What kind of card do you give the father you don’t speak to?
This is the question that hung in the front of my mind while I stared blankly at my grocery store’s festive Father’s Day display.
“World’s #1 Dad!”
“Thank you for your never-ending support and love.”
“You are, and will always be, my hero.”
Tears welled in my eyes as I fought the impulse to dart away. It all felt so disingenuous—but how could I say nothing? It’s Father’s Day and I still have a dad. I still love him. I still want him to know how much I care.
But after a lifetime of struggling to “make it work,” I made the decision to take a break from our relationship, and I stand by this choice.
My eyes floated over to the sympathy section of the carousel. Somehow “I’m sorry for your loss” seemed more appropriate.
I left the store with two avocados, but no card.
Although this is the first holiday I can’t pick up the phone, I’d be lying if I said I haven’t struggled to do so for several years. “Will he be in a good place? Will he be mad? Will he use this opportunity to pressure me into things I cannot do?” Anxiety, mixed with love, mixed with god knows whatever cocktail of buried feelings unearths every time I see his name.
I know I am not the first person challenged with complicated feelings on Father’s Day. And I don’t blame them. Our parents are our original caregivers, and as much as I truly believe they raise us to the best of their ability (even if their best is hurtful, distant, or altogether absent), most often our parents are our original heartbreakers too. We were young; we trusted them with our lives and our deepest truths, and in that tenderness we learned what is lovable and what is “unacceptable” about ourselves.
That sh*t doesn’t resolve itself. It takes work. It takes dedication, patience, insight, and time to heal and rewrite the impressions our parents made on us.
I actually believe that taking time away to get right within ourselves and to understand what happened between us is the greatest Father’s Day gift we can offer. We give the relationship a real chance in the long-term. For some, even this may not be possible, and disconnecting completely becomes the only self-loving option for a healthy life.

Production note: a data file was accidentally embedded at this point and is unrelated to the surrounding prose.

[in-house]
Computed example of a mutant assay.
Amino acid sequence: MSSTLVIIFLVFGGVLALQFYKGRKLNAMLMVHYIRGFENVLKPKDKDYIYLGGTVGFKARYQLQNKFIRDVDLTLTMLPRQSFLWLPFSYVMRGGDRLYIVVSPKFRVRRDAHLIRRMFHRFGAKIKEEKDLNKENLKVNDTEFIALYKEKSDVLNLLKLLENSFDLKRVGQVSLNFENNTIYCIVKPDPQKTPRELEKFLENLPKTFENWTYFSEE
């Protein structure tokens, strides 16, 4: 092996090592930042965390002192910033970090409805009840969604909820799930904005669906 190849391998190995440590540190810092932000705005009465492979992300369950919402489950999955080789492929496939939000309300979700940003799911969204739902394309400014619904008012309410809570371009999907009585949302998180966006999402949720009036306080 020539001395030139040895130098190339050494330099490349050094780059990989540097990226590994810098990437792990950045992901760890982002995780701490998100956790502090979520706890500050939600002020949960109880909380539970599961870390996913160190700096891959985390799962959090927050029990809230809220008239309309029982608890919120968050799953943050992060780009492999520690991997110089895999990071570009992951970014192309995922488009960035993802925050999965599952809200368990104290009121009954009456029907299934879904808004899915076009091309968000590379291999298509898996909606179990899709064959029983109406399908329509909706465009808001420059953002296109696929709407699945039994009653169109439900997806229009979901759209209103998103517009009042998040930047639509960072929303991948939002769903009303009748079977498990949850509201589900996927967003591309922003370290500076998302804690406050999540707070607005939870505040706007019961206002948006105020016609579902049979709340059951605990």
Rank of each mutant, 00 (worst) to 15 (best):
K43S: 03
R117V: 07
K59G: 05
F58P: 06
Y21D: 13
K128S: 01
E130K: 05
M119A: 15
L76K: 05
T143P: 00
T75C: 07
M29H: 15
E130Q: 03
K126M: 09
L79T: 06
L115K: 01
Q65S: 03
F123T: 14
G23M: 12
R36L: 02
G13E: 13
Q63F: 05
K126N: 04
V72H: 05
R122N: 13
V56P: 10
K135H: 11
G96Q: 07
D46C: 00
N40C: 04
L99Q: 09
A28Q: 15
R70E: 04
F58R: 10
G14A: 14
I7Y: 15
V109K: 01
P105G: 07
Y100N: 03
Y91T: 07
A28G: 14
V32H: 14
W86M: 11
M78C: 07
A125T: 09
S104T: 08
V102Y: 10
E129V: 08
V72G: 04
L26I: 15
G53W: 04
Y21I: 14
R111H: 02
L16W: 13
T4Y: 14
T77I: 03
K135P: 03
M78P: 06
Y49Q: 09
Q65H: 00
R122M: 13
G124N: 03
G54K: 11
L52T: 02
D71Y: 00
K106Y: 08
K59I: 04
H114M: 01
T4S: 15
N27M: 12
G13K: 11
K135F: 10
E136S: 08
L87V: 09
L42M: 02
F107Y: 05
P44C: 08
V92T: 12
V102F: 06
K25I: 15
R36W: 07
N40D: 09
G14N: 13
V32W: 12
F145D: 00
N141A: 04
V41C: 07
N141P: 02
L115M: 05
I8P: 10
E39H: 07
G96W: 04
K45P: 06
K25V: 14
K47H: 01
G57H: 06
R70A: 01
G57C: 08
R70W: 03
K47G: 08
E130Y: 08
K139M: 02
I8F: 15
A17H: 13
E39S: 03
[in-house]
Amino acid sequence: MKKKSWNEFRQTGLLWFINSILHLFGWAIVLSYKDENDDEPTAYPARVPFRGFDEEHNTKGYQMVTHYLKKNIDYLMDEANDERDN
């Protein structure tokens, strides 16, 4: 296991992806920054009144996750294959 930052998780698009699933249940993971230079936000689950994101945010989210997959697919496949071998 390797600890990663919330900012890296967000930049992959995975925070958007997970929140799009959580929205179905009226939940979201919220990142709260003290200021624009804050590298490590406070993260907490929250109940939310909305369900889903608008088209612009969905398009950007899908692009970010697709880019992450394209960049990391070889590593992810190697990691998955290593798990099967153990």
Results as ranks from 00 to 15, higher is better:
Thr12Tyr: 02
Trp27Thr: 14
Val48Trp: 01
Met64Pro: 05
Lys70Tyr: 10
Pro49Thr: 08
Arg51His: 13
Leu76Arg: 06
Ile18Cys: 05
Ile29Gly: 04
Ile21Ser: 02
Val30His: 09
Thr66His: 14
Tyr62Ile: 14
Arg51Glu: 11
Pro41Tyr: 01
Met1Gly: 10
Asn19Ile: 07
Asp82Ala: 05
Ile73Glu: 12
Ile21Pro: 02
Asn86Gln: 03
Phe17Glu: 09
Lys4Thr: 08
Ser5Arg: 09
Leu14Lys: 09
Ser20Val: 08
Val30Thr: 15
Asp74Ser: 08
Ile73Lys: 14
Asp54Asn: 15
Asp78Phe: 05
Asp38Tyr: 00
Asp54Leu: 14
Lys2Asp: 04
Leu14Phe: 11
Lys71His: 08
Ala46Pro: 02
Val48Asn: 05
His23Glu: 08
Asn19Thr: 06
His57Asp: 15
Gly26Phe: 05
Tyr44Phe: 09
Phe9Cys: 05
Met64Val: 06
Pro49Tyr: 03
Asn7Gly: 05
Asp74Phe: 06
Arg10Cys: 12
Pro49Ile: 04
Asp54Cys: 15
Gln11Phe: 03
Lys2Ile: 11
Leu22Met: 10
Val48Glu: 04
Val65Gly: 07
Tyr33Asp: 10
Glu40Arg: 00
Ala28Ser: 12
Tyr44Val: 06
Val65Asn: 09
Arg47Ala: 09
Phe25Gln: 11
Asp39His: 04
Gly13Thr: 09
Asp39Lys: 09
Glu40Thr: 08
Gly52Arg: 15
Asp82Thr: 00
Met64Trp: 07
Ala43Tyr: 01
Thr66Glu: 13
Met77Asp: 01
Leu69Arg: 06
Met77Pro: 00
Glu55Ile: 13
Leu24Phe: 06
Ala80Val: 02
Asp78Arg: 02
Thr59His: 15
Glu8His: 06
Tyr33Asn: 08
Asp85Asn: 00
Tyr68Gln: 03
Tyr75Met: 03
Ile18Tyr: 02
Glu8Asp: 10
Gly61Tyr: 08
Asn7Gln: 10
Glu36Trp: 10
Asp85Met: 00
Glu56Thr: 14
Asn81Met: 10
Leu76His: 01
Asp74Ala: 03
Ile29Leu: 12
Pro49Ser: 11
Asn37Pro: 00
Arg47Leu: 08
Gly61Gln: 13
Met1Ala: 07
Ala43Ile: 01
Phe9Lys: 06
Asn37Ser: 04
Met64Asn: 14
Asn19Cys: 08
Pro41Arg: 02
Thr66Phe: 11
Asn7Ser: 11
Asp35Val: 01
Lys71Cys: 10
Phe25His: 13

I wish this for no one, but I understand and support those who have made (or are considering) this choice.
I know my father has always loved me and he didn’t mean for his words and actions to be received as hurtfully as they were. I know he’s had a hard life. I know he’s sensitive on the inside. I know he ultimately wants me to be safe, stable, healthy, and happy. But historically, I haven’t felt that way with him. And the thing is, I want those things for myself too.
It’s not as easy as “good dad/bad dad.” Every dad is just human—trying to learn and live and figure it all out, and sometimes we kids get caught in the web of that. Because we’re human too.
It’s all just so very…complicated.
Which brings me back to the cards. Standing in the grocery store aisle, where all the prior thoughts came to mind, I found myself wishing for more emotionally-inclusive options to better reflect the melting pot of father-daughter relationships.
So I decided to write my own.
Here are nine alternate card inscriptions to reflect the mixed-feels of Father’s Day:
“I don’t know what to say, but I’m thinking of you anyway.”
“I wish we were closer.”
“I am working on forgiving our past.”
“I know you never meant to hurt me.”
“I miss you, even if I can’t see you right now.”
“I know you tried.”
“Thank you for all you did, and didn’t do. I’m grateful for it all.”
“I wish you nothing but healing and peace.”
“I love you, and I always will.”
For the children with complicated father relationships out there, my heart goes out to you. And your dads. And perhaps most of all, to my own father. There is nothing we want more than to be loved by our closest relations, and it hurts on both sides if that experience of one another is not intact. I believe where there is love, forgiveness, and understanding, there is hope.
Know you are not alone, you are lovable, and you are under no obligation to reach out to a father-figure just because one out of 365 calendar squares told you so.
May we have a peaceful Father’s Day, and may we all become the fathers we needed most.
Author/Editor: Danielle Beutell
Image: Todd Ethers/Flickr
Supervising Editor 1: Callie Rushton